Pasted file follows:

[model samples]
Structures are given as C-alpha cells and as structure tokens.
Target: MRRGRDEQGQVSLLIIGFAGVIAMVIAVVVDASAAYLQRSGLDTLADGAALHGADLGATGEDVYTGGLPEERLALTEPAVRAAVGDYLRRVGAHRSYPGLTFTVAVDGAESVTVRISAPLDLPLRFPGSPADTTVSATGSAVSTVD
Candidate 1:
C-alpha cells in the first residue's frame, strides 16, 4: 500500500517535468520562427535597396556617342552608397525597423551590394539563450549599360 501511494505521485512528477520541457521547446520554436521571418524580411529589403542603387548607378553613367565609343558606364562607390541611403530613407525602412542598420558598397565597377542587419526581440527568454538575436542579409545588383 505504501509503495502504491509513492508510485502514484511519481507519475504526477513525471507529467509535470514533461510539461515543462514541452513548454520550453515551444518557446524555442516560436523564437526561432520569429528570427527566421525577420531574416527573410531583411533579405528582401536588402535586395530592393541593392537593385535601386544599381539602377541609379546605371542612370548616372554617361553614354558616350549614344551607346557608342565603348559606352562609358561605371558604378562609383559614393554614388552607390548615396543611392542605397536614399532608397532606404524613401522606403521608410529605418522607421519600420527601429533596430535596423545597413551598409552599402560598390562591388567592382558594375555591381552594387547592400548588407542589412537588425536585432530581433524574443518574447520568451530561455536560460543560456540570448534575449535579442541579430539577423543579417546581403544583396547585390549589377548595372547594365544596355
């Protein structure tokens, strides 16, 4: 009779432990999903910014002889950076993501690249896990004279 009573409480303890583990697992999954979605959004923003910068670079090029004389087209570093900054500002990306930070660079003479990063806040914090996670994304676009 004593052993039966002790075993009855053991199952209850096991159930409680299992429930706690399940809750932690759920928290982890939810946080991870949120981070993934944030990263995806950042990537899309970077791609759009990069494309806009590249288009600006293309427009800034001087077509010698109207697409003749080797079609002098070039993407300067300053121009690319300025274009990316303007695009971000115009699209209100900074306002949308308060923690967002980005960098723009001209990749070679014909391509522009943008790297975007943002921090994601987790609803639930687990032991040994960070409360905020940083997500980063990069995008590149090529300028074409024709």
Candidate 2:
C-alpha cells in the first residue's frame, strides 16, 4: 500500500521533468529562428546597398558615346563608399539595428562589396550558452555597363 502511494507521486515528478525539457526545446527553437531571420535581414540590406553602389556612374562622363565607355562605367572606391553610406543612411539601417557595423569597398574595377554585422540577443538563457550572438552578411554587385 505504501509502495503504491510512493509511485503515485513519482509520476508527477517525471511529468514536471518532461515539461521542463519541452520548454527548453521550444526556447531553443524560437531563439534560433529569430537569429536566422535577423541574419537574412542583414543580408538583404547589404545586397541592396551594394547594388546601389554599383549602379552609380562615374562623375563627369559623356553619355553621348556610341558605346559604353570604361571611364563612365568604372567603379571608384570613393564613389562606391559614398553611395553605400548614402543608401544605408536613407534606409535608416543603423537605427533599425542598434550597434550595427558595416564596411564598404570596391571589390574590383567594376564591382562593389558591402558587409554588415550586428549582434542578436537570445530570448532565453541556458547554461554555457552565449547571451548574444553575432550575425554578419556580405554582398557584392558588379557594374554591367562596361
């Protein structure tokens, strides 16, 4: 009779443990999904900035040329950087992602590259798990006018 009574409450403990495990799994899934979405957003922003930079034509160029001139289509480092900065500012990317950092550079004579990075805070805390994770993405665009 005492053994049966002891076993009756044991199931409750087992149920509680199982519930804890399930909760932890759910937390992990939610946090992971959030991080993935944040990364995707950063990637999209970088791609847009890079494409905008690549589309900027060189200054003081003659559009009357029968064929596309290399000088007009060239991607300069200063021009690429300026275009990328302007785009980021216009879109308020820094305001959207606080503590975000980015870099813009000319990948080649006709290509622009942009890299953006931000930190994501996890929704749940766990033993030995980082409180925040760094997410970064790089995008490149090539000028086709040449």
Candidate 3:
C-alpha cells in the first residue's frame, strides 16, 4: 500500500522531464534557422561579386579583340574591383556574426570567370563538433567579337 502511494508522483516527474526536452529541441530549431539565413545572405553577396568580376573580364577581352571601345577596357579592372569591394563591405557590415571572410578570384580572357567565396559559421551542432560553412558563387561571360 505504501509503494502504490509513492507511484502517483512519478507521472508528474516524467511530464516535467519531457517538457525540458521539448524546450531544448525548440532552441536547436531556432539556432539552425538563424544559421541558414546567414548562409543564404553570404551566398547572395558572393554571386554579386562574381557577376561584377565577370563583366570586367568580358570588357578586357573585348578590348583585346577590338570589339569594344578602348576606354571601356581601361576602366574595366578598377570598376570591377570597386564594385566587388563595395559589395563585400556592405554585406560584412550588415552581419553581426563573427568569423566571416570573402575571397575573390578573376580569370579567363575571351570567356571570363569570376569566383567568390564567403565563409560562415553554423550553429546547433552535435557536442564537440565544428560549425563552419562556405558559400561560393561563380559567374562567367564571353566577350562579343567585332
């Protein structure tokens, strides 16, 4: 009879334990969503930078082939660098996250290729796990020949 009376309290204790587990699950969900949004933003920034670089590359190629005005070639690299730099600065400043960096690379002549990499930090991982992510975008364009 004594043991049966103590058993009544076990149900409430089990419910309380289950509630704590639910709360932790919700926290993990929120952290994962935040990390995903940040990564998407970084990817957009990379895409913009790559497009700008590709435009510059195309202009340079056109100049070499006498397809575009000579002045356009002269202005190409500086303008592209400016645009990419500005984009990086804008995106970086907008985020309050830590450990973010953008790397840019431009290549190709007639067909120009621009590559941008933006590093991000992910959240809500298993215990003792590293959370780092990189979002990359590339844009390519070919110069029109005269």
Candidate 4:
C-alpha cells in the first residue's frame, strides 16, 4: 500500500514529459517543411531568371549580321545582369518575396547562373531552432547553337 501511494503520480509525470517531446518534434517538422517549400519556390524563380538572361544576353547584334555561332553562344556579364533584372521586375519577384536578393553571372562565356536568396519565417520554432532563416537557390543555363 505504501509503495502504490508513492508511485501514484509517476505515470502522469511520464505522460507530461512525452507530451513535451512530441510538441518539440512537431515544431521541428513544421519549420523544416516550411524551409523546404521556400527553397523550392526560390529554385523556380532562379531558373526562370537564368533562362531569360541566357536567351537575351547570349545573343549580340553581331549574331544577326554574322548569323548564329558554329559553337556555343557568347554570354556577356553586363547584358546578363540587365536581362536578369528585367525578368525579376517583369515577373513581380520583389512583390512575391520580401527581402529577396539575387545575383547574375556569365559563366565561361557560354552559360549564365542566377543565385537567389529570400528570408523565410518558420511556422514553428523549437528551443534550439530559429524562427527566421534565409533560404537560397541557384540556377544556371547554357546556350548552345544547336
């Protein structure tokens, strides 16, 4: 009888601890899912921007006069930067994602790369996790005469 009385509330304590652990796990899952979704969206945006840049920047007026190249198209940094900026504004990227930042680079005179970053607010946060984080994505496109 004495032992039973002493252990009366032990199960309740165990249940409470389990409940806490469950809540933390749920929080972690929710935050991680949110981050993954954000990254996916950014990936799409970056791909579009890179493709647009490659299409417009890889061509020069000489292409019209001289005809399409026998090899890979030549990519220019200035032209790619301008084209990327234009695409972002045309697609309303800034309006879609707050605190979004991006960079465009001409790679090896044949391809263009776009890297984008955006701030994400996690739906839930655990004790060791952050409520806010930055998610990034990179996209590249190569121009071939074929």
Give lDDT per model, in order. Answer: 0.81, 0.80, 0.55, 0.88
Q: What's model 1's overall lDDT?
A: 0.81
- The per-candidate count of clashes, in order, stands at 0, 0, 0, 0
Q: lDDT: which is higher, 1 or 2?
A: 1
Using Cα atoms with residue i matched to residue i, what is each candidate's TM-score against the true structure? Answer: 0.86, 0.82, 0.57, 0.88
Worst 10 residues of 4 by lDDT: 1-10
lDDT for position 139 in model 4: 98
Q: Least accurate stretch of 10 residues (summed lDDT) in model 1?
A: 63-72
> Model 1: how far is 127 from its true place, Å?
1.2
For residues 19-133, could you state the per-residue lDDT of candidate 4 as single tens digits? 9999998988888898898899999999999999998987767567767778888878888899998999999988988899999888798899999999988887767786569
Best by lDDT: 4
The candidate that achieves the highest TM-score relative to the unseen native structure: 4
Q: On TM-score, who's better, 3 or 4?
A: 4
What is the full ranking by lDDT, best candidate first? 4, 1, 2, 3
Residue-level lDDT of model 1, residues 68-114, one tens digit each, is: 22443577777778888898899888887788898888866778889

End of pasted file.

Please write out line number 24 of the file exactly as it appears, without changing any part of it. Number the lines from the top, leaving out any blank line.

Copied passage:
lDDT for position 139 in model 4: 98